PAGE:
Basically, the series asked “What if the richest man in the world was also a corrupt cop?” and the answer is exactly as distasteful as you’d expect. It’s hard enough to root for someone called the “millionaire detective” in the first place, what with all the real-world wealth inequality and police brutality and all, but they could’ve at least made the guy charming, for Pete’s sake.

Kambe sits in a convertible looking serious. Subtitles read "Deposit complete. Balance: Unlimited."
EAT THE RICH.

Kato is, at least, likable enough. He goes out of his way to help others (even petty criminals), calls Kambe out for being a piece of crap, and even takes a swing at him right before the end credits. The script seems to know that Kambe sucks, even if the camera is making love to him and his perfect hair at every possible opportunity.

The tension between the two may lean into a “buddy-cop” dynamic when all is said and done, but I sincerely hope that Kato influences Kambe for the better rather than the other way around. And, Kambe’s general shittiness aside, there is kind of a neat genre mash-up between spy flicks and cop shows going on here, with Kambe acting the role of the high-rolling international man of mystery and Kato the blue-collar officer sincerely trying to serve and protect.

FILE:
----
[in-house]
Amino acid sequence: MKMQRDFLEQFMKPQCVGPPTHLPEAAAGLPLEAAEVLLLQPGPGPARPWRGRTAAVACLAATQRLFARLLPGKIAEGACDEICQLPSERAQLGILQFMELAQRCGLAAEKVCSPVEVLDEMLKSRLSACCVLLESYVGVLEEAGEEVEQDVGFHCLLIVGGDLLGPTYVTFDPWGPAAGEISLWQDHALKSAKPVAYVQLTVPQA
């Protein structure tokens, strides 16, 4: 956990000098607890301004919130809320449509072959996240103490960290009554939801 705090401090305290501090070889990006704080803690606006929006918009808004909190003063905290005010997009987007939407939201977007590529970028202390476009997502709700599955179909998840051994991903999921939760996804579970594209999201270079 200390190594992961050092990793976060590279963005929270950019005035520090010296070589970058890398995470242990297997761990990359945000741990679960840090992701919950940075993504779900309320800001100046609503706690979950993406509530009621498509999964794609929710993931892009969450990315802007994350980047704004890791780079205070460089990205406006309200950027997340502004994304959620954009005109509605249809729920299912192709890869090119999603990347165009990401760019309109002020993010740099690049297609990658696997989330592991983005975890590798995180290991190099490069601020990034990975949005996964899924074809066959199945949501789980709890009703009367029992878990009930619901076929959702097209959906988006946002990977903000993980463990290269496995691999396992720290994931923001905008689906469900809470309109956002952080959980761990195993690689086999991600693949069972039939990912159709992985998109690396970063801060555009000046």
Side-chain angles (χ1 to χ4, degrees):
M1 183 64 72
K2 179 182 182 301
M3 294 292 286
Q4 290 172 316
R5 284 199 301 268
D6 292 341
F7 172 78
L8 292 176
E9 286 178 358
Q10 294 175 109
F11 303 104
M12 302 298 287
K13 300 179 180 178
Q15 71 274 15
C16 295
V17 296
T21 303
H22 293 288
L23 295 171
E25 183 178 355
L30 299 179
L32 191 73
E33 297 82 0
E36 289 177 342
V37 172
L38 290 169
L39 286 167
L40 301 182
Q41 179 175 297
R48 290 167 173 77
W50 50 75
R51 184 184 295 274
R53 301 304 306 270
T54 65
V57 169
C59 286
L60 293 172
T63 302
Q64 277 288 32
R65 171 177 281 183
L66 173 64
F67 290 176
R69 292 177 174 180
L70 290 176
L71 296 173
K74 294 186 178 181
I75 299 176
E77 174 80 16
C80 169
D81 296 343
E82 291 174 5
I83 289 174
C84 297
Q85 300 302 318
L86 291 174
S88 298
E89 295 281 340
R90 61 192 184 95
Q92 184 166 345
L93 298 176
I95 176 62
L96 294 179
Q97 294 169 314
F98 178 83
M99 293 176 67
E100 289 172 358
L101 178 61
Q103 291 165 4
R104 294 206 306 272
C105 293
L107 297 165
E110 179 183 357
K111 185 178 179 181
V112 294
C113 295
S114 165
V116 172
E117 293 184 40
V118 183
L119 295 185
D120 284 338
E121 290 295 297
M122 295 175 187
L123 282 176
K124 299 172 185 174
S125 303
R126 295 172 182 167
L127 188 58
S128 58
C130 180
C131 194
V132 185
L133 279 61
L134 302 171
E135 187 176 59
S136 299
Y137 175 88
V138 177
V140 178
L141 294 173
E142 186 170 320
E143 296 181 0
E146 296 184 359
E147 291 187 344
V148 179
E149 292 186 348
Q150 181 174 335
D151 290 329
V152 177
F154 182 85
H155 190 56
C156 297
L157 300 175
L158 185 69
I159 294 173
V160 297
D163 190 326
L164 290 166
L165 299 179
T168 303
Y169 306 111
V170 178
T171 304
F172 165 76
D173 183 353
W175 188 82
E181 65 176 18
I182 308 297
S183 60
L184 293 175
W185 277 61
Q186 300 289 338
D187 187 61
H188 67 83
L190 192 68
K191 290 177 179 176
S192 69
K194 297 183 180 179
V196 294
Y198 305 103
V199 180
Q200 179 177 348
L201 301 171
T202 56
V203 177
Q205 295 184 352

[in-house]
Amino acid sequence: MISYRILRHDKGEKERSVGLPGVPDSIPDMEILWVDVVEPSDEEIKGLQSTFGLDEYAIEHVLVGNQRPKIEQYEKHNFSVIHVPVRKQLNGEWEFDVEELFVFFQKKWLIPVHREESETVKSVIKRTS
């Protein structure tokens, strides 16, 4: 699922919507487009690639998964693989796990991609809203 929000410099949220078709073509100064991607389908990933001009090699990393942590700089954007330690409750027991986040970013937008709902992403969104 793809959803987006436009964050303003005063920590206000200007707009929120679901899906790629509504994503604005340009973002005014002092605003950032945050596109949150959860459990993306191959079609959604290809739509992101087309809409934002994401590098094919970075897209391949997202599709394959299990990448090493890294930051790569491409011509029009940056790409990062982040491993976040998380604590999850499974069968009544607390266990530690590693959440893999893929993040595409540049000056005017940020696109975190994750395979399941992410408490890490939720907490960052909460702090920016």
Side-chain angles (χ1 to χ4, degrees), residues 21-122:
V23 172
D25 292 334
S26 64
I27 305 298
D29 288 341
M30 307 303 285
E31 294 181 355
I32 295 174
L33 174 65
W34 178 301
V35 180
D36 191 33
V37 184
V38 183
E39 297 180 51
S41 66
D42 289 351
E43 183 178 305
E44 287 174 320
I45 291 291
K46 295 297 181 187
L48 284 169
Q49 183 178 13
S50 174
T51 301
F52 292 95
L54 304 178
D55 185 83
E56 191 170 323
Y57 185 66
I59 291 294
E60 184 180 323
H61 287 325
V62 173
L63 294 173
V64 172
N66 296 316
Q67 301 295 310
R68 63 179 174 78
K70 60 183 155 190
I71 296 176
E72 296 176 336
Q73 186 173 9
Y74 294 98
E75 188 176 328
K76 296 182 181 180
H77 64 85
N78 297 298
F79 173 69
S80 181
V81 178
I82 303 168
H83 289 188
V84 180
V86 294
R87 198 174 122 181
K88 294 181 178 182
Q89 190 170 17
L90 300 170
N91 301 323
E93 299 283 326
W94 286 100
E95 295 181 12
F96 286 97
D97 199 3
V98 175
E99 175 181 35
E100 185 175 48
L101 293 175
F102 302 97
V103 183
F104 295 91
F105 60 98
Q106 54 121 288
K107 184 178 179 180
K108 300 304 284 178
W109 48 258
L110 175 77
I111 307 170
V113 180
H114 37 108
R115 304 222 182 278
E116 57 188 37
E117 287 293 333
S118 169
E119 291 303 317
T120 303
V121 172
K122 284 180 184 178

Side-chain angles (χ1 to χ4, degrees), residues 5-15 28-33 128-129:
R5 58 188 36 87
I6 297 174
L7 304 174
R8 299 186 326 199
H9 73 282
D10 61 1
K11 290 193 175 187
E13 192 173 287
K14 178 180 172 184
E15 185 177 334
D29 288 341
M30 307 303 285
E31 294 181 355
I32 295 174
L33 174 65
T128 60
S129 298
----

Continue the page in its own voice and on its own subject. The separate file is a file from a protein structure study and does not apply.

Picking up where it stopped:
Kato angrily says "That's not the way a cop handles things."
“I drive a 2008 Honda Civic, you think I can afford to buy an antique car off a prince on my salary?!”

In other words, Millionaire Detective has potential as an entertaining crime show, but it’s still too early to tell if it will capitalize on it or become one more story that glorifies sex, money, and police brutality. I may stick around for a few to find out, but unless you’re just really into buddy-cop movies, I might advise readers to wait a few episodes before committing to this one.


Editor’s Note: The reviewer was unaware at the time of publication, but the author of the novel that Millionaire Detective is adapted from has a history of regressive and outright harmful statements, such a recent sex “joke” about a Korean “comfort women” statue. We wanted to make sure potential viewers knew about this as well.